SEOUL: After discussions on security and technology, the leaders of South Korea and Japan plan to relax and have a drink poured traditionally in Korea to enhance friendship.
President of South Korea Yoon Seok Yul He prepares to share a “bomb shot” with Japanese Prime Minister Fumio Kishida during an informal dinner on Sunday. This blend, a blend of beer with South Korea’s national spirit of soju, is a mainstay at Korean drama and among colleagues and friends.
The meal is part of a two-day official summit in Seoul – the first in 12 years – aimed at strengthening ties between US allies. The visit is seen as an opportunity to restore shuttle diplomacy and comes ahead of a trilateral meeting between the United States, South Korea and Japan during the G7 meeting in Hiroshima later this month.
Relaxed dinners at Yoon’s presidential residence in Seoul will feature Korean cuisine. Yoon intends to serve char-grilled meat, according to people familiar with the event. Korean rice wine, called Cheongju, will be served throughout the meal, and high-ranking officials from Yoon’s ruling People’s Power Party suggest that bomb shots are “likely” to follow.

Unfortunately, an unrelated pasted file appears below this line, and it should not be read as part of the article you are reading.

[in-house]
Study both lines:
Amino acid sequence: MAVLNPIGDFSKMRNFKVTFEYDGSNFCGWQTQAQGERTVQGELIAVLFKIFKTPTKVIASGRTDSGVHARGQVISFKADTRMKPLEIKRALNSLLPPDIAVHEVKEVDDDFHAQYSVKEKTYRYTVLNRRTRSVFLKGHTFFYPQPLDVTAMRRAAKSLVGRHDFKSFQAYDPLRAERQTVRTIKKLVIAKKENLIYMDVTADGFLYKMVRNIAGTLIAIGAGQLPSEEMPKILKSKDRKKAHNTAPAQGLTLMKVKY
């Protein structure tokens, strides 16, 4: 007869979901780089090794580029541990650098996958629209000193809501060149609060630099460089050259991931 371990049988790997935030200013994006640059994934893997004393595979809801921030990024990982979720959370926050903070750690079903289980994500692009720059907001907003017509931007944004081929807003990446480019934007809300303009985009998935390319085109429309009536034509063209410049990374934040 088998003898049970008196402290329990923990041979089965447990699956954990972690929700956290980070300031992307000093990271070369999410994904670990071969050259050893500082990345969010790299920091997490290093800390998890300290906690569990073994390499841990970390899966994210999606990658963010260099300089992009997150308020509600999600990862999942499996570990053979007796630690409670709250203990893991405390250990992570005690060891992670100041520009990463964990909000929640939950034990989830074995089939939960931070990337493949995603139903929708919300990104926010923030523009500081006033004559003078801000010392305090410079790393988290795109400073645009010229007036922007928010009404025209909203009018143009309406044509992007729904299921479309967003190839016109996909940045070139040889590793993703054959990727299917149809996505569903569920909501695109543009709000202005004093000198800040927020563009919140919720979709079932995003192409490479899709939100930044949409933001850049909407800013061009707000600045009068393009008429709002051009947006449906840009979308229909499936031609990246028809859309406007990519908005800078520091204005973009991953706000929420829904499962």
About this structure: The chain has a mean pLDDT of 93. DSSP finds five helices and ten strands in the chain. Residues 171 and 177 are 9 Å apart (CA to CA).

The last such meeting was in October 2011, when then Japanese Prime Minister Yoshihiko Noda visited South Korea for a summit with President Lee Myung-bak. At the time, short ribs of marinated beef, soju, and rice wine were on the menu at a restaurant in the ritzy Gangnam neighborhood.
The bilateral summit is part of a broader drive to restore relations damaged by conflict in recent years. The friction has caused a headache for the White House, which wants the two countries to form a united front against North Korea.
The political row was fueled by issues of fair compensation after Japan forced Koreans to work in Japanese mines and factories during the peninsula’s colonial rule from 1910 to 1945. The relationship worsened in 2019 when Japan removed South Korea from its preferential trade list, prompting reciprocal actions. .
Last month, South Korea again added Japan to its “white list” of trading partners, and Japan later announced that it would do the same.
Earlier today, North Korea’s official news agency renewed attacks on Yoon because of his pro-US policies, describing them as extremist and excessive after the leader’s recent visit to Washington.


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